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A More Sure Word
Which Bible Can You Trust?
by R. B. Ouellette
Have you ever wondered why there are so many different kinds of “Bibles” on the shelves at the average Christian bookstore? Do they really all say the same thing? And most importantly, which one truly represents the authoritative Word of God? Do we even have a correct Bible in English that we can trust as the Word of God?
This book addresses a very sensitive subject with kindness, candor, authority, and biblical support. Every page points believers to the most biblical, the most logical, and the most historically sensible position regarding the true Word of God for English-speaking people. Writing in a style and with a spirit that touches the life of the average believer, this book is perfect for new Christians or those seeking to cut through the scholarly semantics to the true heart of the matter—in which Bible should we place our complete confidence as the authoritative Word of God?
(216 pages, hardback)
This is the best book I have read on the KJV and modern translations issue. Easy to understand and many terms are well defined. People in my church have been blessed by reading it. I recommend it highly! Pastor Wayne Porter on Jul 17, 2018
This is easily the best book I've ever read on the text issue. It addresses all the key areas - with enough technical specifics to be satisfying, but without making things so complicated that you can't follow it (like most of the books I've read on the subject). Perhaps best of all is the charitable Christian spirit that governs the discussion. By being purposefully kind, and injecting much needed grace into this controversy, Brother Ouellette is much more likely to win converts. As a consequence, this book is WONDERFUL to give to undecided or confused people - it's not just for preaching to the KJV choir. I love this book, and love to give it out! Pastor Tucker, Spokane Baptist Church on Jan 10, 2015
The author states explicitly in Chapter 1 that he is using circular reasoning, that he is starting from the assumption that the KJV is the only translation you should read and that all his arguments are based on that "fact."
He then progresses to apply nearly every positive verse in the Bible concerning preservation and inspiration as applying to the KJV without explaining why those verses don't apply to good modern translations. Nearly everything he has to say about modern translations or manuscript compilations is critical, but in a manner which he fails to apply to any of the background of the KJV, such as its less prominent translators, Erasmus, or anything to do with the "Received Text."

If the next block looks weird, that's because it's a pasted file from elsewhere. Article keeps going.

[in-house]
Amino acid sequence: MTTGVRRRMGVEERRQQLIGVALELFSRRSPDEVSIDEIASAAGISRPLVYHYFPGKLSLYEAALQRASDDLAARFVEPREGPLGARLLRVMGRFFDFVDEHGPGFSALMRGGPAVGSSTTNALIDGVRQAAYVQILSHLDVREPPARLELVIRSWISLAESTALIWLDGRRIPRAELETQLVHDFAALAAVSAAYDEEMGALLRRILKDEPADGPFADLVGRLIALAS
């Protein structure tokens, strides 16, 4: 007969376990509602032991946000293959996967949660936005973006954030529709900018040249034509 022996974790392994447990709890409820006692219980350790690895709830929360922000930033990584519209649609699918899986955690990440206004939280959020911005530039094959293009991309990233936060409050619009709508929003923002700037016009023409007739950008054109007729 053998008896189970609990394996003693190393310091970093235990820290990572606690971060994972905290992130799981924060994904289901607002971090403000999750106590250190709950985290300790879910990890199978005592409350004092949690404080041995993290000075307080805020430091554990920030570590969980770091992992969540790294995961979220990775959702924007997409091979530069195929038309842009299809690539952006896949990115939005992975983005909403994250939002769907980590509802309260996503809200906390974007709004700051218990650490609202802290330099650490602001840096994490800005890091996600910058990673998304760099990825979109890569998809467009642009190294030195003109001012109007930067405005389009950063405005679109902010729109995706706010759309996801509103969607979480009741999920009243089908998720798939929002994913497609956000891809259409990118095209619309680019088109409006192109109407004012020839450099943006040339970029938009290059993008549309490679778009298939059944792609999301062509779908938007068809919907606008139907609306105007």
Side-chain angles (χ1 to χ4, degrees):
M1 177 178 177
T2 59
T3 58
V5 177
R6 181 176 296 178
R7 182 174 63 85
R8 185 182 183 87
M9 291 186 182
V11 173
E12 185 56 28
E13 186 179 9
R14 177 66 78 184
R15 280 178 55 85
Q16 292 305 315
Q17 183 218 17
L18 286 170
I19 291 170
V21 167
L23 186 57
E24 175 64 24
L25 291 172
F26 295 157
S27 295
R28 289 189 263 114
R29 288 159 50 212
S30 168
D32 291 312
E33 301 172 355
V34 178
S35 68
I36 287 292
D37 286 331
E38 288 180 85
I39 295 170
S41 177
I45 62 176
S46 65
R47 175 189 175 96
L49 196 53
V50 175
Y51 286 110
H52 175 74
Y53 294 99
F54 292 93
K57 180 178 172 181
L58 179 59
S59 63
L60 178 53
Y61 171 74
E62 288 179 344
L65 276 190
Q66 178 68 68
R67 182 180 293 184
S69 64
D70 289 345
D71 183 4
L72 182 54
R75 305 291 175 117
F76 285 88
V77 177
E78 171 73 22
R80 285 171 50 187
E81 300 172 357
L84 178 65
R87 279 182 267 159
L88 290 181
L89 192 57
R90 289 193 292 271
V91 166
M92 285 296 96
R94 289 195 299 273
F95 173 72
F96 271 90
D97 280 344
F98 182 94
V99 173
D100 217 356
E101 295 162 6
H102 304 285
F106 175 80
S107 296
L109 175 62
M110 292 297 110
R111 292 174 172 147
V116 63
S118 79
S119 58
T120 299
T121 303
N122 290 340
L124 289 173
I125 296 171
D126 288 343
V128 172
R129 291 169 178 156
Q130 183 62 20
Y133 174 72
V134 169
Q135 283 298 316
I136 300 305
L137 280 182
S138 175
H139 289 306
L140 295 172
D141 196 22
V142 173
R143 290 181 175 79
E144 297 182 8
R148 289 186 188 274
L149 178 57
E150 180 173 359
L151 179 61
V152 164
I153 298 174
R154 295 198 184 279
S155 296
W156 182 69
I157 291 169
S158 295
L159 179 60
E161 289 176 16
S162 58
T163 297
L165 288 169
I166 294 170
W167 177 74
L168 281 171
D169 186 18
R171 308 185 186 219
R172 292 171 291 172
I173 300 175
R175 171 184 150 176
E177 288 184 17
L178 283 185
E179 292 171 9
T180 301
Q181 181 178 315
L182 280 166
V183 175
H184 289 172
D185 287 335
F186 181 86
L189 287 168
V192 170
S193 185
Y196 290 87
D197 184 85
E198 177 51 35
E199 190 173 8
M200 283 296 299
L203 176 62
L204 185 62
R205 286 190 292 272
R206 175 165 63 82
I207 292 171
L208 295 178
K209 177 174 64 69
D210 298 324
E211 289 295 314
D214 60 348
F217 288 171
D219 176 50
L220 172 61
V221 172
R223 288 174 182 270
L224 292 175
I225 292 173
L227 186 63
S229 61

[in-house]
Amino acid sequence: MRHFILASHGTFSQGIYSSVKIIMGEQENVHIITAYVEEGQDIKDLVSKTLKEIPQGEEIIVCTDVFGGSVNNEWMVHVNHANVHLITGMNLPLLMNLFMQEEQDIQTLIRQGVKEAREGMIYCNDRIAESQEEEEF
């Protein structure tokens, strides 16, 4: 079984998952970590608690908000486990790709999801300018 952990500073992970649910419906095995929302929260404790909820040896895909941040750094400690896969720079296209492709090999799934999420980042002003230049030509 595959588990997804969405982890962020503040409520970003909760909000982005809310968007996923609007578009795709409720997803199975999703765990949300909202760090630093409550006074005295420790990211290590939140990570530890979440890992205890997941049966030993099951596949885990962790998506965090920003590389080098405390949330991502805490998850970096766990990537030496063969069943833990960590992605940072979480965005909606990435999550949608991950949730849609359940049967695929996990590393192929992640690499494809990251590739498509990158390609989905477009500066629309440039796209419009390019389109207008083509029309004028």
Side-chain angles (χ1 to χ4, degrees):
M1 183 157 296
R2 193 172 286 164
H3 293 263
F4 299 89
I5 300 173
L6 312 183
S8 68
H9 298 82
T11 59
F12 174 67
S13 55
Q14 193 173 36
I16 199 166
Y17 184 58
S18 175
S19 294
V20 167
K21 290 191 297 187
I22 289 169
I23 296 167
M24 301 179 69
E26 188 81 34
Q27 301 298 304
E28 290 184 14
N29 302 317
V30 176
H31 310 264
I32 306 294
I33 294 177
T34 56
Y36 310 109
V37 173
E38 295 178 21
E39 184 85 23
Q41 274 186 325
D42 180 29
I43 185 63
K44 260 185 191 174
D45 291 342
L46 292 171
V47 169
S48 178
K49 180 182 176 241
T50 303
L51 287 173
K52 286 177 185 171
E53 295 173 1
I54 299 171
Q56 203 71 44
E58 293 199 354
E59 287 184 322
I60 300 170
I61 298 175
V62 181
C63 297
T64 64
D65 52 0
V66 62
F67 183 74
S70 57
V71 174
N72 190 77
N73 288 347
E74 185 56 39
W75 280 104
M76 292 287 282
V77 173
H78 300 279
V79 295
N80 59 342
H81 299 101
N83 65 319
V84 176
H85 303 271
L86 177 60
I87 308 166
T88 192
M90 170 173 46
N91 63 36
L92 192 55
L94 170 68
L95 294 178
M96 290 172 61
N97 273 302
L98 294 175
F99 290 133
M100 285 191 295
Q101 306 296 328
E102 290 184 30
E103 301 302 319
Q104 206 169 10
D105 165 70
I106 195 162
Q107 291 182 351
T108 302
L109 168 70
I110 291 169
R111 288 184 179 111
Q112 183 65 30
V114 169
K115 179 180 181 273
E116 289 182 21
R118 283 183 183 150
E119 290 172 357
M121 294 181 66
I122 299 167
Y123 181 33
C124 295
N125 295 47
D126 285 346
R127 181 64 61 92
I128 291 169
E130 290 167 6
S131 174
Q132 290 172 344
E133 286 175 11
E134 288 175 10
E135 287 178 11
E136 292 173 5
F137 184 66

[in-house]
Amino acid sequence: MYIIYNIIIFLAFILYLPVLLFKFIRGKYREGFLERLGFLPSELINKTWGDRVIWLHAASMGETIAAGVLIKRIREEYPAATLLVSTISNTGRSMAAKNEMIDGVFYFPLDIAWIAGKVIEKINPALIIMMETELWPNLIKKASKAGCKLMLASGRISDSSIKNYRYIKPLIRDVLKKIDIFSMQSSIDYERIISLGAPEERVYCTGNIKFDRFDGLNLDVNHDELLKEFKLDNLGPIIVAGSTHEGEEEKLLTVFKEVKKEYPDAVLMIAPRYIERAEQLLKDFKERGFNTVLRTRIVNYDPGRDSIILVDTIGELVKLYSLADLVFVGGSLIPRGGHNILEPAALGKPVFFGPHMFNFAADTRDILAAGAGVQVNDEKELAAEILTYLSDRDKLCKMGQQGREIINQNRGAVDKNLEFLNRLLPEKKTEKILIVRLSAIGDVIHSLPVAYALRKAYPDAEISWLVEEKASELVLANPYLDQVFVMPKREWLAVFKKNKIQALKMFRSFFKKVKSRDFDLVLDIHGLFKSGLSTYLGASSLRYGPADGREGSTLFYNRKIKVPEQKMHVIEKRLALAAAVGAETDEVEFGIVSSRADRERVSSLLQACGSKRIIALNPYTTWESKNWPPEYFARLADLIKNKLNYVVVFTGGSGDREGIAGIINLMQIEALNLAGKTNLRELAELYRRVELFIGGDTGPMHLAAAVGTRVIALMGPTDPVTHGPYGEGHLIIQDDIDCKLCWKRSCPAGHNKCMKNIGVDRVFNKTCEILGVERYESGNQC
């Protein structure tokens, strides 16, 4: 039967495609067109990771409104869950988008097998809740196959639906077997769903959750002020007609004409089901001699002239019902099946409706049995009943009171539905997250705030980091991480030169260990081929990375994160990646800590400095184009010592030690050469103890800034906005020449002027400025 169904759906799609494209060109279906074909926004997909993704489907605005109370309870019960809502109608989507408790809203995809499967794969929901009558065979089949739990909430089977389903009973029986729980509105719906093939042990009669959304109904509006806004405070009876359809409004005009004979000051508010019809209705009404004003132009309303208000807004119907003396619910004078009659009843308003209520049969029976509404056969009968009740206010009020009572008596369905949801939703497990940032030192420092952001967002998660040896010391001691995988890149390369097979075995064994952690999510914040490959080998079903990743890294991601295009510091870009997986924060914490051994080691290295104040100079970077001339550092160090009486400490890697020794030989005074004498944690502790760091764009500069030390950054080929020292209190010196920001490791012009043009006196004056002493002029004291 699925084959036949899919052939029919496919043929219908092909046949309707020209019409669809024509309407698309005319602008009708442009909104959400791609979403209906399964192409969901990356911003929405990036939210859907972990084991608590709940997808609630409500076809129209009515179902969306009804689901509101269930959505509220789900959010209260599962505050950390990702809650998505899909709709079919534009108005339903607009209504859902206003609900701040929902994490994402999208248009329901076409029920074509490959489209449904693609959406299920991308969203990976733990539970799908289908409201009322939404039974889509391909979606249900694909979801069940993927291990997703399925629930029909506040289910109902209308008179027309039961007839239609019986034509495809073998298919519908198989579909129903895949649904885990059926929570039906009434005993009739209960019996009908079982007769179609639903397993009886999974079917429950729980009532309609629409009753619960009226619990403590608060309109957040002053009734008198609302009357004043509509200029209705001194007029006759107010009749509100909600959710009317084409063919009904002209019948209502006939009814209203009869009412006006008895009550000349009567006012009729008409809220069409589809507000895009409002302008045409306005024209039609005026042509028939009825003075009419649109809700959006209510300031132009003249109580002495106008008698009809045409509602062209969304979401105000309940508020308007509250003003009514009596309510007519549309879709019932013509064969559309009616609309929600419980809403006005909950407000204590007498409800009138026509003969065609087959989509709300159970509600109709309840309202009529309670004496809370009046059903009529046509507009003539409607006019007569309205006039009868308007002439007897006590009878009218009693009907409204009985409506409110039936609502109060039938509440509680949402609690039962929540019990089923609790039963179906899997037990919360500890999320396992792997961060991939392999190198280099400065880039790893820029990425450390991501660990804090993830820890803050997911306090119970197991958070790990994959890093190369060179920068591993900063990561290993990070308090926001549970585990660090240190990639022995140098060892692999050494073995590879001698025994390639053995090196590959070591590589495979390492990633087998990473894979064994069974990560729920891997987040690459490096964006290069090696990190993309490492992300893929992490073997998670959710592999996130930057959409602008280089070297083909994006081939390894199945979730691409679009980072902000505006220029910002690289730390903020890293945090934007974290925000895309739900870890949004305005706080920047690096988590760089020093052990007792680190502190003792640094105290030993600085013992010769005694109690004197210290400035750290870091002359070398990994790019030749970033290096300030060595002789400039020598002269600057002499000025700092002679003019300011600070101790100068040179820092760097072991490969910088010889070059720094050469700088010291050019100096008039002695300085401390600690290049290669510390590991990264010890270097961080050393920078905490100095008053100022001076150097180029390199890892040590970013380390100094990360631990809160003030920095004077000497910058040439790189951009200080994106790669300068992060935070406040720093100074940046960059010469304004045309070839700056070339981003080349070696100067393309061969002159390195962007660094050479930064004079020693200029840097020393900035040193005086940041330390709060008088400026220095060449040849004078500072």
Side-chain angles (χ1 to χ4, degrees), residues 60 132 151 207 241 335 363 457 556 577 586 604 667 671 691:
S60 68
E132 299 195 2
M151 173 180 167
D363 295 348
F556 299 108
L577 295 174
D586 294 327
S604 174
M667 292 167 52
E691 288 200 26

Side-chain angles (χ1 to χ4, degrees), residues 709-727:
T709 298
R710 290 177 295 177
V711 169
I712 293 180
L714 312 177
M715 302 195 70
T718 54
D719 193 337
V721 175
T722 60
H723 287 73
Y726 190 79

The term "Received Text" is itself defined circularly. The term includes (not exclusively) the Textus Receptus and all the other true pieces of the Antiochan manuscript record (which is never defined), but obviously excluding the parts of the manuscripts that make up the Received Text that don't actually agree with the Received Text. By this he implies that the 1,000 plus disagreements in the manuscripts used in just the Textus Receptus (which used only a tiny fraction of the 5,000+ manuscripts the author claims belong to the Received Text) either don't exist or are completely inconsequential.
He makes arguments about the scholasticism of those involved with the KJV, but contrasts those achievements not with the scholasticism of everyone else, but with their personal beliefs. The inner portions of many of the chapters are rife with ad hominem attacks and straw man arguments, too many to list here.
One of the author's main points is that the Received Text and/or the KJV are "preserved" (as in always existing) while everything else is "restored" (as in its current form isn't what it was in the past.) This main premise is invalid, and once this brick is pulled from his foundation, the majority of the rest of his building comes crashing down. The KJV obviously has not always existed. The single finalized manuscript or set of manuscripts that the KJV was translated from have not always existed nor had they been completely decided on as a finalized set until long after the KJV was published (around the time that, as the author critically notes, the Critical Text was largely finalized.) Both the KJV and the body of text the author calls the Received Text (again, not the same as the Textus Receptus) were restored in the same way he criticizes the modern texts of: it just happened at a slightly earlier date.
Again, the author is less bombastic that many other authors on both sides of the discussion, which is a relief. However, starting a book-long argument from self-admitted circular reasoning is discrediting in the highest degree unless you are already in agreement with the author. This book is critically self-undermined. Unknown on Mar 2, 2013
I am always looking for books to give to people I am working with or discipling. I often run into people who are confused as to the Word of God and whether or not we really have it. What a blessing it has been to give them this book and know it will answer their questions and give them good insight into why there is such confusion about this today. I woudl highly recommend it for every Christian! Gabriel Ruhl on Oct 28, 2009
R.B. Ouellette does a great job detailing the reasons why the King James Version of the Bible is the authoritative Word of God. My favorite part of the book was when he unmasked the marketing madness behind the new versions of the Bible. It's obiovus that modern Bible publishers have fallen into the same trap and "New Ultra Tide"—always having to reinvent the Bible to sell more copies.
If you are looking for an excellent book on the Bible version issue, this is a great read that is well thought out and deal with the critical issues at hand. Unknown on Oct 23, 2009